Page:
Although 2016 has not been my “most favorite year” - to be polite - I think it was an exciting year if you are a synth-person. Or a drum-machine-guy. I didn’t buy anything except a Beatstep Pro last year - no noise-makers, no drum-clones, not even a single PCB or part.
But here are some things I was happy to see in 2016:
- Korg monologue - if ever, I’ll take a red one
- Behringer Deep Mind - Juno 106 was my first synth, so it looks familiar. But it’s a hell of another beast and sounds great
- Make Noise 0-Coast - I have never been interested in Make Noise before but this thing made me look. It seems to be a very clever design
- Cyclone TT-78 and Korg Volca Kick - really surprised me, both of them. And it’s super-nice that sampling didn’t kill drum machines after all …
These are some very mainstream picks, I know. And no Mutable, I know. But what did you buy, what was the biggest surprise, what was the synth you most wanted to have in 2016? I’m just curious.
Modal CraftSynth - A DIY synth for the masses.
Maybe it actually was from 2015 but i’m still drooling in the sound and features of the Minilogue. But i still didn’t buy one.
For me the synth years was mostly about finally putting my TTSH to good use. I got the kit in 2014 and it took quite some time to finally finish it in the end 2015. But had lot’s of fun with it in the studio and on gigs in 2016.
I had a minilogue, it is nice but too small for me. But I was really hoping for a 8 or 12 voice full size synth. If they make that I’ll get one of those for sure. I think the DeepMind is close to being that.
Yeah the 4 voices is maybe a bit limited 6 would surely be enough for me. Big chance they’ll come with a big poly this year since they have so much success with their analogs.
Four voices is okay if the synth engine is complex, eg. Poly Evolver. But make a bigger synth and you have more room.
Looking at this teardown, I think a 5 octave keyboard would get 8 voices in.
TR-09 and TB-03. Sure, they’re re-issues, but they are also pretty much flawless.
The Minilogue really caught my interest as well. If I were to buy a keyboard synth now, that would be my choice! Other than that… I’m not sure 2016 had a lot of stuff that really excited me, except for some things in the Eurorack corner.
I think 2016 saw the continued flourish of analogue gear and a surge from euro-modular scene. DJ-related manufacturers had to take a back seat to reinvent and offer something against the deluge of DJ-related controllers. Some small companies like DSI (with OB-6) and Toraiz collaboration, Arturia continued to release appealing products. Roland cleverly rode on their legacy of products, i.e. 909 Day and offered new lines such as boutiques and cross-over synths. Yamaha’s super knob is. verdict is still out there. Multi-dimensional expression also gained some limelight. Of course, there are more worthy of mention.
I have seriously mixed feelings about the new multi-dimensional expression controllers. On the one hand they’re really cool, on the other hand I’m not that interested in yet more manual vibratowowowowow and glissandowowowowow.
Also they are very computer-bound as of now…
2016 has been a tremendous year for Eurorack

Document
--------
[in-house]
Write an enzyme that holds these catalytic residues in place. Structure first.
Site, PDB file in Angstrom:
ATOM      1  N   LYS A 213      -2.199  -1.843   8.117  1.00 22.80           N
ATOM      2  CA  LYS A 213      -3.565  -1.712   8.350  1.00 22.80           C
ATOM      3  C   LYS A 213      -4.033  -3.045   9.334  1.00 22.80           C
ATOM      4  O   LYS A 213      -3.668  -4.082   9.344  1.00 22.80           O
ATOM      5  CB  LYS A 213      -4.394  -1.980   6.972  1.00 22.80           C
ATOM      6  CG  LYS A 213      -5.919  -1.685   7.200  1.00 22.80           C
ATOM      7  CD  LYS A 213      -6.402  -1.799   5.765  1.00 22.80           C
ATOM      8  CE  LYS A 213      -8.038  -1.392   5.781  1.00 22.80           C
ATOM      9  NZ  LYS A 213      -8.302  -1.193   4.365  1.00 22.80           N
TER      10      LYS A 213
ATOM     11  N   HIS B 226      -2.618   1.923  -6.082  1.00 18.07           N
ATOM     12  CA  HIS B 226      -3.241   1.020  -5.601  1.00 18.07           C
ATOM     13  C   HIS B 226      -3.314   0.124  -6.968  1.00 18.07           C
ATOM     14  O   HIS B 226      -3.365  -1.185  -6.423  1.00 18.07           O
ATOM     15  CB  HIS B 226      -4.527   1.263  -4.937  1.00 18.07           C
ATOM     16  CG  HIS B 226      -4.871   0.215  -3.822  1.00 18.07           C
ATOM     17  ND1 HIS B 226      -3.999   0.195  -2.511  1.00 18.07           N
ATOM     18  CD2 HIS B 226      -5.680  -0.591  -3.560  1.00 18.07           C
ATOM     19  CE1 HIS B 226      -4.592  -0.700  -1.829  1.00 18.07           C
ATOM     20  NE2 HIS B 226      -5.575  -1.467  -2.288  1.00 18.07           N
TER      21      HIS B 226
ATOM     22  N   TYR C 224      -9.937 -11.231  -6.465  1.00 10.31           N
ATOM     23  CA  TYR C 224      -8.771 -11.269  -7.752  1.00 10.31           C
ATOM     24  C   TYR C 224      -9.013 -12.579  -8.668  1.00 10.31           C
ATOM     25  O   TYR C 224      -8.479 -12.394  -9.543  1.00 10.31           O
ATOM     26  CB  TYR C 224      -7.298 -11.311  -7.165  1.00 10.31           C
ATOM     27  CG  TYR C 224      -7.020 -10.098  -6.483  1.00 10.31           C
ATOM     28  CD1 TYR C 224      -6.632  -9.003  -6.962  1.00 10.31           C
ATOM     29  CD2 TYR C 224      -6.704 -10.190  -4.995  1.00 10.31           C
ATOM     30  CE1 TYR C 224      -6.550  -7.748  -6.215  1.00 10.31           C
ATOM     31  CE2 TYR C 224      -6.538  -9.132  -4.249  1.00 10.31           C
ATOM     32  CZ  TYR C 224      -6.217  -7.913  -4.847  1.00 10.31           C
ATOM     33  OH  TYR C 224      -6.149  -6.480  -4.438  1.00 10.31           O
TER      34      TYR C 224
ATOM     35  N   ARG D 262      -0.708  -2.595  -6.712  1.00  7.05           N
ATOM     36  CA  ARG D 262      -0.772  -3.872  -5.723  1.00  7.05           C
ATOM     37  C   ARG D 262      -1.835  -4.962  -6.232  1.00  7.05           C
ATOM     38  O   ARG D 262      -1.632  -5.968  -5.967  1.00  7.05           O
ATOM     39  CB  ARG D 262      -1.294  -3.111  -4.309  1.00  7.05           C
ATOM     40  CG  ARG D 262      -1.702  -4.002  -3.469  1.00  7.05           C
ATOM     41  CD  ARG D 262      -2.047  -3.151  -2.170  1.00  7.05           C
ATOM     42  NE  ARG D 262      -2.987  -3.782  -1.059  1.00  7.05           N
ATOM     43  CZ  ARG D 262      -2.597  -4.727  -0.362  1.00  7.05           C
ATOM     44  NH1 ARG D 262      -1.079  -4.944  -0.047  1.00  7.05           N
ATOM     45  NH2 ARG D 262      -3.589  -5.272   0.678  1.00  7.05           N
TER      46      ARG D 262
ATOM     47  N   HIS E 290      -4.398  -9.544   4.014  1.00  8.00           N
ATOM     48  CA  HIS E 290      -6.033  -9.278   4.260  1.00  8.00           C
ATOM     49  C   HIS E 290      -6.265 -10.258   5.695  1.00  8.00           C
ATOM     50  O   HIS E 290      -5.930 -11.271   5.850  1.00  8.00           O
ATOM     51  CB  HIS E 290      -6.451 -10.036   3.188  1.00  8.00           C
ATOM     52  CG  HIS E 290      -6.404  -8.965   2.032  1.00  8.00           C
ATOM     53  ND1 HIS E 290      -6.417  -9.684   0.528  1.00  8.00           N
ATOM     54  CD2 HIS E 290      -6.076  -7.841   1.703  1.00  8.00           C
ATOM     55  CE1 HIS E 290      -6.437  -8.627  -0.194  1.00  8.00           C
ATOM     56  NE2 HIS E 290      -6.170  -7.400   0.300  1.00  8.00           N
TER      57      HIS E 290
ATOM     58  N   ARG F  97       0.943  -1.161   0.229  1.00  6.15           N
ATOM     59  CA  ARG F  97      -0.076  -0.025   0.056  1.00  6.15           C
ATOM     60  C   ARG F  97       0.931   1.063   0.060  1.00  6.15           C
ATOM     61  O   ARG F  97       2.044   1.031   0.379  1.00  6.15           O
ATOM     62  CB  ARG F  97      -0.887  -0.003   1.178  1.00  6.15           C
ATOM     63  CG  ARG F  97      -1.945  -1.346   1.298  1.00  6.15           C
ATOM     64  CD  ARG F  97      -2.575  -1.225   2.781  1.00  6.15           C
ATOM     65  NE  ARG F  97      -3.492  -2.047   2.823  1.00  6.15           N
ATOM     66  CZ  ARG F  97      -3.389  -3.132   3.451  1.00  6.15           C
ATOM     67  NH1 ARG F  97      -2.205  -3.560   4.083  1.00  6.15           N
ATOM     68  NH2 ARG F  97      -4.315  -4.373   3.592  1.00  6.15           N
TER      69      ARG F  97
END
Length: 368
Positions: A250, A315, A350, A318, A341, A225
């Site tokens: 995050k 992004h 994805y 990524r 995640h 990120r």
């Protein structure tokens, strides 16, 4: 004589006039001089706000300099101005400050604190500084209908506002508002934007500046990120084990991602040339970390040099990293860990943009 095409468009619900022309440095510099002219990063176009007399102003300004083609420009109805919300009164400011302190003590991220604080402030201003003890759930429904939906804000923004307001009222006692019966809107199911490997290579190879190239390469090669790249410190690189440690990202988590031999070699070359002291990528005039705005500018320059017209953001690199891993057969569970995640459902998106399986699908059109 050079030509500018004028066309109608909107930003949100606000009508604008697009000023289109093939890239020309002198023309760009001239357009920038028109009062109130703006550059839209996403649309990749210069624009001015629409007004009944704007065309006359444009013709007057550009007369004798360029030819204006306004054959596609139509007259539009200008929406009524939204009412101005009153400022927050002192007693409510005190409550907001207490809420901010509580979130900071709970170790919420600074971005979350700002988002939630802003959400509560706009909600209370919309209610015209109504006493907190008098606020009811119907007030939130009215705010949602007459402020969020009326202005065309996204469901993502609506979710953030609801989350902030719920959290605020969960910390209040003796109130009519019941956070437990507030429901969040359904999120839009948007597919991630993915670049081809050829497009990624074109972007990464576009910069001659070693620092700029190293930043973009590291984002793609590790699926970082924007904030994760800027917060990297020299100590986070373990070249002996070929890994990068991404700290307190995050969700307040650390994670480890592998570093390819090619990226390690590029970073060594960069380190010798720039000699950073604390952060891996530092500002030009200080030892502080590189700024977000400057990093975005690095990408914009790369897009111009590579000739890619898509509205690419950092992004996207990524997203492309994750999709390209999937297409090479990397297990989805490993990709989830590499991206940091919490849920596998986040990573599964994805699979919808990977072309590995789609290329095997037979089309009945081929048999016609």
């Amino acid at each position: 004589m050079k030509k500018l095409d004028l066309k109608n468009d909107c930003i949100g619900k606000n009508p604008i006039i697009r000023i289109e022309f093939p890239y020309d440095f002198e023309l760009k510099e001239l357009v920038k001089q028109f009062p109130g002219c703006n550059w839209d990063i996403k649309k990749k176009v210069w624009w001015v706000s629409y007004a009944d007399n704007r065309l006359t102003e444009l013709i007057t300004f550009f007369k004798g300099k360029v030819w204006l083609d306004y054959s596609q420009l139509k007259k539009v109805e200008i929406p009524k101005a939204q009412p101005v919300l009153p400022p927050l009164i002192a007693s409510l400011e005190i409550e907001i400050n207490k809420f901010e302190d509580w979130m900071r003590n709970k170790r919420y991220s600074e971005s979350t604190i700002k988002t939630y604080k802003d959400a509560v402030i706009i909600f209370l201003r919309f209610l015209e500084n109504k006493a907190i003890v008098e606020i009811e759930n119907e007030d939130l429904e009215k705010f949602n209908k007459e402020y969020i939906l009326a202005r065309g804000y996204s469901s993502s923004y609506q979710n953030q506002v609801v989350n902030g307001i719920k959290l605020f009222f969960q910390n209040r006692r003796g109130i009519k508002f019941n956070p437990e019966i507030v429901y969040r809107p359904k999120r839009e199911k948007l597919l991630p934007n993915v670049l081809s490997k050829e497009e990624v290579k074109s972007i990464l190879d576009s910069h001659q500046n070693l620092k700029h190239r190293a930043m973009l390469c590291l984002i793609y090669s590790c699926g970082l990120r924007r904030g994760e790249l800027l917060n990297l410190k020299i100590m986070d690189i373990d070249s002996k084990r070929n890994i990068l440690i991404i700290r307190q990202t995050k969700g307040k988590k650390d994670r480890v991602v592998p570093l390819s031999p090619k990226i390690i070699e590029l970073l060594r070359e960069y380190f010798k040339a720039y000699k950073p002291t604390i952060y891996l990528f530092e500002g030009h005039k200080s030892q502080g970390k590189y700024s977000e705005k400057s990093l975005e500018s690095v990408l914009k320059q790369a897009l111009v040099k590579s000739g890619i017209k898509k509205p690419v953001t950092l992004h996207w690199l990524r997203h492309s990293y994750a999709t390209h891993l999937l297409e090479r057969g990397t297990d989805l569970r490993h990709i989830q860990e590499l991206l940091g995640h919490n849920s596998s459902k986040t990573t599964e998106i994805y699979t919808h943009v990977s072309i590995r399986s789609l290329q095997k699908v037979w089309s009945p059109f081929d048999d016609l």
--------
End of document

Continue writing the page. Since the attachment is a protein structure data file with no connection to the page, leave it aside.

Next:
> Also they are very computer-bound as of now…
The linnstrument doesn’t need a computer at all. What’s missing are proper hardware-MPE synthesizers. I have high hopes for the DeepMind 12. It would be another great selling point for Behringer and I guess implementing an MPE mode is pretty trivial. They’re still in the finalization phase, so we have good chances of them actually doing it.
The Roland MKS-50 is a perfectly fine MPE instrument from the 80s!
Regarding the Seaboard, wouldn’t Ambika make a perfect match with it? You could easily assign all six voices to different channels, and I understood that the key is that every note has it’s own midi channel as all the control information is transmitted per-note basis in stead of on cc change for the whole patch.
There is a series of episodes of the Art + Music + Technology interview podcast covering MPE. I haven’t listened to them all yet, but have listened to the Roger Linn, Geert Bevin, and Dr. Haken episodes. While MPE could make a polyphonic synthesizer more ‘expressive,’ it is also focusing the synthesizer as a performance instrument, which I think is somewhat foreign to a lot of people interested in synthesizers.
I personally found the seaboard somewhere between weird, and annoying to use. Might just be me.
I’d certainly reccomend anyone interested, should try it in real life before buying.
> What’s missing are proper hardware-MPE synthesizers
I guess that’s what I meant
> it is also focusing the synthesizer as a performance instrument, which I think is somewhat foreign to a lot of people interested in synthesizers.
Certainly a bit foreign in the modular world, but there’s also a lot of people into synths who come from a more keyboard-oriented background. Getting synths in a more performance-oriented setting is important and interesting though.
+1 on the minilogue, I find myself going to that rather than the Sledge. Also, I’m really into the Odyssey Rev3 Module - tons of fun
I was able to get the Ambika 4P this time last year and have been learning it diligently since. I can see getting a 4PM Shruthi in 2017 to play the Ambika oscillators through the various filter modes (eg: 2-Pole LP, HP Pads). In terms of new synths the Deep Mind sounds better and better with more demos but I am not shaken in my resolve to continue with what I have